What Is A Compounding Pharmacy?

A pharmaceutically compounded prescription is one that has been individually prepared to address the needs of a particular patient. Almost any type of medication can be created through compounding. What Is A Compounding Pharmacy?

In some cases, the compound is no different chemically than the commercially available drug, though it may be delivered in a different form or dosage. In other cases, such as in bio-identical hormone replacement therapy (link to BHRT), the compound is formulated to be molecularly identical to the hormones found in the patient's own body and therefore, quite different from many commercially available medications.

The practice of compounding dates back to the origins of pharmacy itself. For centuries, it was the individual pharmacist who compounded each formulation. But during the 1950s, compounding became less common as commercially available medications became readily available. In recent years, compounding has regained popularity, and is now used in nearly all areas of medicine. Modern technology and new research, combined with a deeper understanding of cellular physiology and molecular structure and function, have all led to advances in compounding science. Perhaps the most important reason that compounding has regained popularity is that it allows doctors, patients and pharmacists to work together as a team, customizing medications to fit the needs of each individual patient.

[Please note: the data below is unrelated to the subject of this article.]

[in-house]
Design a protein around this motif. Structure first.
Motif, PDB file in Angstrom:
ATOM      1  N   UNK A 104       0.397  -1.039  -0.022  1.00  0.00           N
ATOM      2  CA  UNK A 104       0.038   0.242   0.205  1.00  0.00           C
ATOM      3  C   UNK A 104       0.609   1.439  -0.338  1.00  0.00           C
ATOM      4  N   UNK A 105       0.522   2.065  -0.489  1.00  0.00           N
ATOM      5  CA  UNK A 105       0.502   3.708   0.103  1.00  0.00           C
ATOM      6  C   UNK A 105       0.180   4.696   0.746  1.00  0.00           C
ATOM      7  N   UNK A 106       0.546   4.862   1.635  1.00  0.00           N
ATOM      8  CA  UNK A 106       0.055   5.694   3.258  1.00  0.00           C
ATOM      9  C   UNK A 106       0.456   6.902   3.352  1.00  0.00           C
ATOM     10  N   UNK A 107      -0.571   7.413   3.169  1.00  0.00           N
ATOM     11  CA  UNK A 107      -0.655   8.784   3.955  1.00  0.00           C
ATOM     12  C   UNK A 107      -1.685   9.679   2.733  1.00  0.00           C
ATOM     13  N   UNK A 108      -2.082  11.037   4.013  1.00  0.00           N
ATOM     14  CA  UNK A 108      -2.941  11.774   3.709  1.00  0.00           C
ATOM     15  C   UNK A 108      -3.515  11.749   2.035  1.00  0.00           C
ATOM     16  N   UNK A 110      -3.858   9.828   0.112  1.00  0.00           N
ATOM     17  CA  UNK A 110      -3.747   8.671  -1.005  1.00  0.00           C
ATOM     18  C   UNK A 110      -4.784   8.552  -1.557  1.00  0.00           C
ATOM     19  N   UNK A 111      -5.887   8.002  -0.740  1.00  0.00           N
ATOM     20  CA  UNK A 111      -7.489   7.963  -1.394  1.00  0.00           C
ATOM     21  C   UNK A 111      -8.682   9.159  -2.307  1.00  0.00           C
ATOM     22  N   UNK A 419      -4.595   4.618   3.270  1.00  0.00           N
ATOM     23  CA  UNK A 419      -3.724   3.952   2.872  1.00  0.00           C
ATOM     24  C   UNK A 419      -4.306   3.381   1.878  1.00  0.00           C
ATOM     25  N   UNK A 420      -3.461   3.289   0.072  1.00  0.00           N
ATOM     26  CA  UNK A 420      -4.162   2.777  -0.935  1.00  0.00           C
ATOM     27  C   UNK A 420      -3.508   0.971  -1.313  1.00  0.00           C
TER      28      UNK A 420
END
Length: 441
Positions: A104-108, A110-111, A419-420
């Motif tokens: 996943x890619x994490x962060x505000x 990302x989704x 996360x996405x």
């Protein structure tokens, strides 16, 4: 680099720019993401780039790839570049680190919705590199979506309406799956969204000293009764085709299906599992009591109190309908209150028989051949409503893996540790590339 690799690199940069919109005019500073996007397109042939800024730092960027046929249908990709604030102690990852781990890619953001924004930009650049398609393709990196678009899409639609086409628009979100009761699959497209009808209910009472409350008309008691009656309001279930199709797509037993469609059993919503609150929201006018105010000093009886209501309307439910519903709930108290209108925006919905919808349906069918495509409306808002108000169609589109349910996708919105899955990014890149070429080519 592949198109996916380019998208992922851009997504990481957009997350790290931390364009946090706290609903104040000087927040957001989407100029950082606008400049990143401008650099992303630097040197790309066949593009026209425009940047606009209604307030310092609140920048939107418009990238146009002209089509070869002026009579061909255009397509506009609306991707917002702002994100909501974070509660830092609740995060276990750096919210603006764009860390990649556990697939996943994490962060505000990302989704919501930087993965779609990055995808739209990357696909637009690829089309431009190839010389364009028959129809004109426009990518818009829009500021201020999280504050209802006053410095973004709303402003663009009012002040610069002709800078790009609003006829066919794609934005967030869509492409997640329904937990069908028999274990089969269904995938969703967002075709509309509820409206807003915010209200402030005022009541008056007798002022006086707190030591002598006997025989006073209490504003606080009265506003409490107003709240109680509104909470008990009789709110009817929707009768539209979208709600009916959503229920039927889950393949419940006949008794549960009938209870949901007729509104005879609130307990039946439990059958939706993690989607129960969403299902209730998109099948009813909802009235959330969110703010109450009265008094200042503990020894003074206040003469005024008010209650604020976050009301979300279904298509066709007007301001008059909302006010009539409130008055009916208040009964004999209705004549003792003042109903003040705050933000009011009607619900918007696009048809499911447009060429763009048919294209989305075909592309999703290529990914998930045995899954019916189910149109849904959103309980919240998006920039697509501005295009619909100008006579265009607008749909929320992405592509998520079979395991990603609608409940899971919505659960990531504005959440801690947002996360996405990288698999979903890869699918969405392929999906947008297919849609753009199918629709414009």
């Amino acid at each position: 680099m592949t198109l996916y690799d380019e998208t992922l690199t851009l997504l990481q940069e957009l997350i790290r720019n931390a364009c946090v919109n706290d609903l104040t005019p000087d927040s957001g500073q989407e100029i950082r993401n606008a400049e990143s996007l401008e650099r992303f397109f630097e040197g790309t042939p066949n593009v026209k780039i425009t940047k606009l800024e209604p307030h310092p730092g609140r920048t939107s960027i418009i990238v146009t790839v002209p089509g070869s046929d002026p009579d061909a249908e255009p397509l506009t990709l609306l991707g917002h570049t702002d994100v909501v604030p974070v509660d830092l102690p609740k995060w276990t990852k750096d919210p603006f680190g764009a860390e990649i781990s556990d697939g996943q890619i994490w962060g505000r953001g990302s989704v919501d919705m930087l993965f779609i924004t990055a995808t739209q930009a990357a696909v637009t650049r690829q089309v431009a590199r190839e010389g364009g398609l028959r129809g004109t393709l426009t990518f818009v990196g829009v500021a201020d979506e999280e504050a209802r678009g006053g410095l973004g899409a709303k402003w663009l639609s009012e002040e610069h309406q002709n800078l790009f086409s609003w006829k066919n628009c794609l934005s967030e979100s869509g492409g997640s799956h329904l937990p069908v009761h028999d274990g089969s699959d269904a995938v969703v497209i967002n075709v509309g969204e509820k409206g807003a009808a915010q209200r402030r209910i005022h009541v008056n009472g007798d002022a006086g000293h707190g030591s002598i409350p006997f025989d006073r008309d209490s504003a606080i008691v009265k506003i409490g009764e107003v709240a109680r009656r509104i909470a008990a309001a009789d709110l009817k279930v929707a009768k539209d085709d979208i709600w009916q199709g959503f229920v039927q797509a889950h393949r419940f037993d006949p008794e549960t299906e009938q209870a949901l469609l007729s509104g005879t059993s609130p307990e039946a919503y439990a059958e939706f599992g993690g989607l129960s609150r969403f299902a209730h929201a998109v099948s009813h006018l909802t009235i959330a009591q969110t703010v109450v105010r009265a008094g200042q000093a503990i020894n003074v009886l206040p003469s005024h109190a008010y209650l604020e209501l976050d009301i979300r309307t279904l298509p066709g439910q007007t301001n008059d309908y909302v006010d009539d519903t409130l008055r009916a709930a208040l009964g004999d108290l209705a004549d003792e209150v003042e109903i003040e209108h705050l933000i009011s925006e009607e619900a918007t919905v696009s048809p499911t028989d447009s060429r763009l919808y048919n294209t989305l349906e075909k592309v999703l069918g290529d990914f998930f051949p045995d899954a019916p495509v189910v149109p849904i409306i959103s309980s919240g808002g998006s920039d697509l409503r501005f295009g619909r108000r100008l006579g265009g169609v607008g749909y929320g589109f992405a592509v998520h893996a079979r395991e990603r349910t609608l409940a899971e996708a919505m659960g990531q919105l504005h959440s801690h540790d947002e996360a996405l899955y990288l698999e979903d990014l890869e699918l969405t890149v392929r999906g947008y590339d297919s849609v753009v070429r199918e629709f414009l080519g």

Why Compound?

There are several reasons why pharmacists compound prescription medications; yet, the most important one is patient non-compliance. Many patients are allergic to preservatives or dyes, or are sensitive to standard drug strengths. With a physician's prescription, a compounding pharmacist can change the strength of a medication, alter its form to make it easier for the patient to ingest, and add flavor to it to make it more palatable. The pharmacist also can prepare the medication using several unique delivery systems, such as a sublingual troche or lozenge, a lollipop, or a transdermal gel. Or, for those patients who are having a difficult time swallowing a capsule, a compounding pharmacist can make a suspension instead.

Often parents have a tough time getting their children to take their medicine because of the taste. A compounding pharmacist can work directly with the physician and the patient to select a flavoring agent, such as vanilla butternut or tutti frutti, that provides both an appropriate match for the medication's properties and the patient's taste preferences.

Compounding pharmacists also have helped patients who are experiencing chronic pain. For example, arthritic patients who cannot take certain medications due to gastro intestinal side effects. Working with their physician, a compounding pharmacist can provide these patients with a topical preparation with the anti-inflammatory or analgesic their doctor prescribed for them.

Compounding pharmacists focus on meeting special needs. This may involve compounding an eye drop in a sterile compounding lab, an injection for impotency, preparing medications for veterinarians in a variety of dosage forms and flavors, providing natural alternatives in hormone replacement therapy, or assisting physicians in treating hospice patients.

The ultimate goal in preparing any of these customized medications is to help the physician and patient achieve a more positive therapeutic outcome.